The US has been at the forefront of clean energy initiatives in emerging markets and is considered the global leader in this sector. In particular, its Power Africa campaign has improved electrification of the continent and played an important role in helping African countries use more wind and solar power.
Under its new political leadership, however, the US looks set to back away from participating in global action on climate change.
Any roll-back could create a void in global climate leadership. At present, Europe is too fragmented and too preoccupied to play a strong international role in the wake of Brexit. So who will champion renewable energy on the world stage?
However unlikely it would have seemed just a few years ago, China is the most credible candidate. The world’s second-biggest economy is evolving into the undisputed global leader in the wind and solar sectors, via an unprecedented wave of investment in manufacturing, and technology research and development.
China has realised the economic and political advantages of rising to the challenge of leadership. As Tim Buckley, director of the US-based think tank Institute for Energy Economics and Financial Analysis, said: “As the US owned the advent of the oil age, so China is shaping up to be unrivalled in clean power leadership today.”
The new US administration’s more America-centric approach may ultimately result in programmes such as Power Africa being sidelined at a time when Africa is close to reaching take-off for its transition to renewable energy. A US pullback could seriously undermine efforts to speed up electrification and provide cost-effective power for the hundreds of millions of people who are currently denied regular access, leaving a large vacuum on the ground.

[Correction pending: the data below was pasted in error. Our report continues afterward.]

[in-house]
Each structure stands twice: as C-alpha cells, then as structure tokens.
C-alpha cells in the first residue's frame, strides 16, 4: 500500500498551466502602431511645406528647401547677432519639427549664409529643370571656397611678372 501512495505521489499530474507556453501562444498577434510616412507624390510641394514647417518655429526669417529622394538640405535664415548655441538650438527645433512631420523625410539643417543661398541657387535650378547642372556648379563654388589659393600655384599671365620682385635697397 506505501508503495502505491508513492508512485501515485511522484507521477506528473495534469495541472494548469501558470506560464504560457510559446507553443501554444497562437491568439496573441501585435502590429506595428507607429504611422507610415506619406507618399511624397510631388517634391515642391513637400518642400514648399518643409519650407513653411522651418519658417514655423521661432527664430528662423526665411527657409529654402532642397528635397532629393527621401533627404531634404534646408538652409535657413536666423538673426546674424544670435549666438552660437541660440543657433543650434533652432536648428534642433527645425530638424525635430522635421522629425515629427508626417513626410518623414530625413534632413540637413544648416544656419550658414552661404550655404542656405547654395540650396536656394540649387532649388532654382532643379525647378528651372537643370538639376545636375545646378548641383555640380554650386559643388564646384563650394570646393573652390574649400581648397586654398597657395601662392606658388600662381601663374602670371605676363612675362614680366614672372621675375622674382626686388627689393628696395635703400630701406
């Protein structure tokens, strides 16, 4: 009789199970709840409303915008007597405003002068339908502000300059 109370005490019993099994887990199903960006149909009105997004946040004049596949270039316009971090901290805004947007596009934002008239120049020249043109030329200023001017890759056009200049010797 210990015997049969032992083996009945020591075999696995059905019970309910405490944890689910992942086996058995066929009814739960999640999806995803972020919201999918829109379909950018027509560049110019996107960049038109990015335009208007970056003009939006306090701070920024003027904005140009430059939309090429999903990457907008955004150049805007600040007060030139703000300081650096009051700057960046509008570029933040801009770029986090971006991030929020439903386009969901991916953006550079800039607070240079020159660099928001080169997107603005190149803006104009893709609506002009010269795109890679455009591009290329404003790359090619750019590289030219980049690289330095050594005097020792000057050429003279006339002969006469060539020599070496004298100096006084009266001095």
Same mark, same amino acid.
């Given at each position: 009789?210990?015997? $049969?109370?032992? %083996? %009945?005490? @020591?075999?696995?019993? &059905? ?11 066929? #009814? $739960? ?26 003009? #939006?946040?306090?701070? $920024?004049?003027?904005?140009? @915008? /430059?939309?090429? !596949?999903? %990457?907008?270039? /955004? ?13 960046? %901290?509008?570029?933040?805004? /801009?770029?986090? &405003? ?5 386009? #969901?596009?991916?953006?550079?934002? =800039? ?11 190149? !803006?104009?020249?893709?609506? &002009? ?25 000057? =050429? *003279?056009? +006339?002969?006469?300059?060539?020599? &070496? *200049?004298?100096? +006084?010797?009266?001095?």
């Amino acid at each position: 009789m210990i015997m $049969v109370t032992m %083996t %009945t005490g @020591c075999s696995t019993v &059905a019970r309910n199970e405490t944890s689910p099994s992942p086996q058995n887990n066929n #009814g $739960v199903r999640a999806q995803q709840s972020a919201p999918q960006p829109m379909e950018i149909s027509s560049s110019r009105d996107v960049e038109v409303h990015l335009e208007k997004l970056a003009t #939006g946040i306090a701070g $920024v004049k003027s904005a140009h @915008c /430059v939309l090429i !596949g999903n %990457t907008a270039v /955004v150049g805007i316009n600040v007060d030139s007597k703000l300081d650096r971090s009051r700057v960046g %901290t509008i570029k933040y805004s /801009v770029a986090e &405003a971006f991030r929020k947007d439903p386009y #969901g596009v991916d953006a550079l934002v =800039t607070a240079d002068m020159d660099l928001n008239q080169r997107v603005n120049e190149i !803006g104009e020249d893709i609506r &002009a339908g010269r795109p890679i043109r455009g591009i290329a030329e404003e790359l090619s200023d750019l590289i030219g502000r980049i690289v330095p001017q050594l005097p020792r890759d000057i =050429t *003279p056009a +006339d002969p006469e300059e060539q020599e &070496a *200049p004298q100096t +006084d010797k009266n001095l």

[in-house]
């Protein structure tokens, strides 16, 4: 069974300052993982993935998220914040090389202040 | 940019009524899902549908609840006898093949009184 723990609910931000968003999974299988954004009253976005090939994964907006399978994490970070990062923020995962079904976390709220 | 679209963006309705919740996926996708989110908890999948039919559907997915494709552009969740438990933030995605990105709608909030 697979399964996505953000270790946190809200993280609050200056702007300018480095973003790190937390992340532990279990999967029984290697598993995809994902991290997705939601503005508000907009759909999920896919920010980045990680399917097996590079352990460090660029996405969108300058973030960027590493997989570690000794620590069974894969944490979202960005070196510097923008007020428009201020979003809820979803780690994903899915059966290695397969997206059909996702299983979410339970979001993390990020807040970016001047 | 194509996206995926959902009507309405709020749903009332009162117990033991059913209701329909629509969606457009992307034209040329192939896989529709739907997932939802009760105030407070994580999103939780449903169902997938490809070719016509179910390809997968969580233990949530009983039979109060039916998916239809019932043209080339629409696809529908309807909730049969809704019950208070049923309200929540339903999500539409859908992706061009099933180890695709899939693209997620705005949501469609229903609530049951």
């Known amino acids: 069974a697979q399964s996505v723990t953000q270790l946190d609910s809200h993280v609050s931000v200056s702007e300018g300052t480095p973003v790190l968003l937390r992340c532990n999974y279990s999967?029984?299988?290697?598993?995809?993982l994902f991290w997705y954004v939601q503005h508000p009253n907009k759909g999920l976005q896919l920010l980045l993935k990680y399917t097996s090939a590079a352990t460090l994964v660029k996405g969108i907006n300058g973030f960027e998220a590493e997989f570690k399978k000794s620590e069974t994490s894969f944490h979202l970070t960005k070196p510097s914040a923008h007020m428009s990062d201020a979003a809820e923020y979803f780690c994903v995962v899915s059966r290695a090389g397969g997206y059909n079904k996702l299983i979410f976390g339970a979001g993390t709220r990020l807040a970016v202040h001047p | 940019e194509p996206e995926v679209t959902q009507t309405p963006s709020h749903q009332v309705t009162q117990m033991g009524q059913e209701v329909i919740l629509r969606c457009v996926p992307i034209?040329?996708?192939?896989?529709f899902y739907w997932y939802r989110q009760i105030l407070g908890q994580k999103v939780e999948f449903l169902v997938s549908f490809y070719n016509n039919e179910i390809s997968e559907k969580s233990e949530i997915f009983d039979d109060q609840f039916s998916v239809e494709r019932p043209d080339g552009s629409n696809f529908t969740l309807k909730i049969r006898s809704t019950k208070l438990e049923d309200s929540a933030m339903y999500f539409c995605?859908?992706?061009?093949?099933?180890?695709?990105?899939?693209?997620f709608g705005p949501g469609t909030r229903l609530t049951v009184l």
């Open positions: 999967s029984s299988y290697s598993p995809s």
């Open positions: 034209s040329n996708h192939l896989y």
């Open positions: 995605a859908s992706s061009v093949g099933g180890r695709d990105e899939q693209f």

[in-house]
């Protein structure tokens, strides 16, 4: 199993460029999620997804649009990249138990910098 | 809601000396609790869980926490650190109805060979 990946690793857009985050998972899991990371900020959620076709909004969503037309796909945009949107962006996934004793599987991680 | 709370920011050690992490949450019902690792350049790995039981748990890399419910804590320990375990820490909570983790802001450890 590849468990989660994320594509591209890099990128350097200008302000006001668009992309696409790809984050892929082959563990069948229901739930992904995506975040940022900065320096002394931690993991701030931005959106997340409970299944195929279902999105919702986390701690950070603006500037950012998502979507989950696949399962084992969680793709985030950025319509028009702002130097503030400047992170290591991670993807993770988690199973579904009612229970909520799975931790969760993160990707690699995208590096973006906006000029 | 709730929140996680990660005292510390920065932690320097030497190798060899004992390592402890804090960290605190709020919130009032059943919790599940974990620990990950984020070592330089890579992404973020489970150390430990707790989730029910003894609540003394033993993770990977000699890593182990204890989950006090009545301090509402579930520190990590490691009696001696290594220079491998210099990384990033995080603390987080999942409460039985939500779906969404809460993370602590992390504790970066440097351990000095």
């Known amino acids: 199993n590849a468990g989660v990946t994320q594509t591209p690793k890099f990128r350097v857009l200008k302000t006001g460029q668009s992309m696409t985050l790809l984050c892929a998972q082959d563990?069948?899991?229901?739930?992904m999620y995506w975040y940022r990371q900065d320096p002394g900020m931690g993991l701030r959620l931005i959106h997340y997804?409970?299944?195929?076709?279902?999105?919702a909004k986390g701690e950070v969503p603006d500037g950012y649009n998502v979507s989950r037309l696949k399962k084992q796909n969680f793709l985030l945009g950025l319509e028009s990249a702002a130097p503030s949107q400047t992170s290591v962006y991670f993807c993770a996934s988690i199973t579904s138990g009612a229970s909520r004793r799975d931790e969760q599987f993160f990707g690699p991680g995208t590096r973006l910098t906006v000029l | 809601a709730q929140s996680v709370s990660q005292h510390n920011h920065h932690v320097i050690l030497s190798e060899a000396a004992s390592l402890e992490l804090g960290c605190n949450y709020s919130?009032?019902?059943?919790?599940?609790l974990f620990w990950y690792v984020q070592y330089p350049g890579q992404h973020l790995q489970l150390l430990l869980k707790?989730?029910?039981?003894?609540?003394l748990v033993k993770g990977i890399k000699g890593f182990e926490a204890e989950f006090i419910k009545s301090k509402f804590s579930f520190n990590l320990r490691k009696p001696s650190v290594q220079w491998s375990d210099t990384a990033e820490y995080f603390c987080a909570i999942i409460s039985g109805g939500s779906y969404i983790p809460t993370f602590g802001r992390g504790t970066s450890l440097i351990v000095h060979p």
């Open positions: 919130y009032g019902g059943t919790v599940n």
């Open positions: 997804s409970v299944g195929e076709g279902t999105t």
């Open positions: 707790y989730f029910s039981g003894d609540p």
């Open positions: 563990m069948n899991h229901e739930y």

But how ready and willing is China to step in?
At the UN climate change conference last year in Marrakech, Morocco, China made a clear pitch for leadership, with senior negotiator Zou Ji stating that if the Trump administration stepped back on US climate commitments, “China’s influence and voice are likely to increase in global climate governance, which will then spill over into other areas of global governance and increase China’s global standing, power and influence”.
The economic incentive for China is clear. The country has become the largest market for renewable energy, with 34GW of solar photovoltaic capacity and 23GW of wind power capacity installed in 2016 alone, according to estimates. Vast support for research and development and new manufacturing investment has enabled China to play by far the biggest role in changing the economics of renewable power globally, making renewables cheaper than fossil fuels in a growing number of countries around the world.
The Chinese National Energy Administration recently confirmed its intention to invest at least US$360 billion on renewable energy development by 2020, a move that will create about 13 million jobs in the sector. Meanwhile, constant cost reductions and quality improvements in Chinese solar power modules are already allowing some developers to bid for projects at lower costs.
What does China need to do to step up?
While its clean-tech revolution is changing facts on the ground, playing a wider leadership role is a different question. Supplying equipment is one thing. But developing the vast number of projects that emerging markets need is another. The transformation will require a complex ecosystem of institutions, companies and entrepreneurs, and the availability of competitively priced capital.
Chinese companies need to grasp the huge opportunities available and get involved in more partnerships with international developers, and with local entrepreneurs. The Chinese government and financial institutions need to engage with initiatives being sponsored by regional institutions such as the African Development Bank, and assist local governments with designing the right frameworks and institutions to allow projects to be financed and built.
Reda El Chaar is executive chairman at Access Power